Friday, 4 November 2016

Ebola crisis

A recent research suggests that Ebola had dramatically adapted to infect human tissues with ease in the first few months of the 2014-15 outbreak. Two studies found a mutation increased the virus’ ability to infect human cells fourfold. Scientists have reasoned that the mutation may have been ‘pivotal’ in the outbreak becoming the largest in recorded history. Prof Jeremy Luban of University of Massachusetts Medical School commented, “The mutation makes the virus more infectious.”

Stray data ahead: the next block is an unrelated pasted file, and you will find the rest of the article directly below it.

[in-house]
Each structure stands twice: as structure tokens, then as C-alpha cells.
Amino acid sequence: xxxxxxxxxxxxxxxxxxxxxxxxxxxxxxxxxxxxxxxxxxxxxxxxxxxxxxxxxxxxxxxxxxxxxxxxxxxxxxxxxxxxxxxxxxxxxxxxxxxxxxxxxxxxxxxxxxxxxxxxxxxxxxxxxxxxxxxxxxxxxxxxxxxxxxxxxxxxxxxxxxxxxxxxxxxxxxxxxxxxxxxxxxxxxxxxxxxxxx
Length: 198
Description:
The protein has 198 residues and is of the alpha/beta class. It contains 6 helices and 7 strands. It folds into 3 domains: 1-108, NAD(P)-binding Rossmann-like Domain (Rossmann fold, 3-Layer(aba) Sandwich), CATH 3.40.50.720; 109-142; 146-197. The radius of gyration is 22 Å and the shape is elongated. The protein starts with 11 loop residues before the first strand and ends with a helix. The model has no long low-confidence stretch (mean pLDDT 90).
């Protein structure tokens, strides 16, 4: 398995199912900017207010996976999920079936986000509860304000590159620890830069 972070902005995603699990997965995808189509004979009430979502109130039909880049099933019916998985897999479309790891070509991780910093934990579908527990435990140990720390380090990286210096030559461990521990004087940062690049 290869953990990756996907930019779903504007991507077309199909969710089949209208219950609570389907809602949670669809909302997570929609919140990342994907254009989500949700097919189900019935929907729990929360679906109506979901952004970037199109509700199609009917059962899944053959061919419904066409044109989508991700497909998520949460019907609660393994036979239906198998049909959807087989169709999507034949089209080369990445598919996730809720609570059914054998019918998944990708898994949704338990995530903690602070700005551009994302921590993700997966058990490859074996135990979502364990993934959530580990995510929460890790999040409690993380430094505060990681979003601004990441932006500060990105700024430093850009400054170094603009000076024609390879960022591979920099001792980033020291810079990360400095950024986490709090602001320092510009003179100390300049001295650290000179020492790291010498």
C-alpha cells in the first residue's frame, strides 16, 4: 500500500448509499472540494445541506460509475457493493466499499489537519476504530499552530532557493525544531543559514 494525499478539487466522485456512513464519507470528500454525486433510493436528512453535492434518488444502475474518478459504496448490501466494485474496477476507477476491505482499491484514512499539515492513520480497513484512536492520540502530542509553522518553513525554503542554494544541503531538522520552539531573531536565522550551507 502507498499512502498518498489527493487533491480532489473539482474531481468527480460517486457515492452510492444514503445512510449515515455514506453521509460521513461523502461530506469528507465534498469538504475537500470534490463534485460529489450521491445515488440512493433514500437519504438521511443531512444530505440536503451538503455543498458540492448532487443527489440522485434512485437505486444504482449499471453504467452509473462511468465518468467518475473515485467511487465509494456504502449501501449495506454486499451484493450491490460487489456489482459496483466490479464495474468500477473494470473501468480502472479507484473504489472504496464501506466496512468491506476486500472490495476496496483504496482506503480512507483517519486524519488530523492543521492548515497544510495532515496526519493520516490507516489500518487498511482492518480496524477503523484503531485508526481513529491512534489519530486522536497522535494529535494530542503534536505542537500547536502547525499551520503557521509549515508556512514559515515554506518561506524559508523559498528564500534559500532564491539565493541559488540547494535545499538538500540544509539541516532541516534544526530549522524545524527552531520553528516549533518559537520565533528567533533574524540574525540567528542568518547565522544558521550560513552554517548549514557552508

There were 28,616 Ebola cases in Guinea, Liberia and Sierra Leone. And 11,310 people died during the outbreak.

Prof Jonathan Ball, from the University of Nottingham, said,  “When a virus is introduced into a new environment, a new niche, it will try to adapt to that new environment. That just happened to coincide with wide scale spread of the virus – this was a mutation that appeared when the virus took off.”

The Ebola outbreak in West Africa was not just the largest and deadliest of all time, but it was bigger than all other outbreaks combined. It has been reasoned that one cause for Ebola’s explosive spread was that the virus managed to get into densely populated urban cities such as Monrovia in Liberia.

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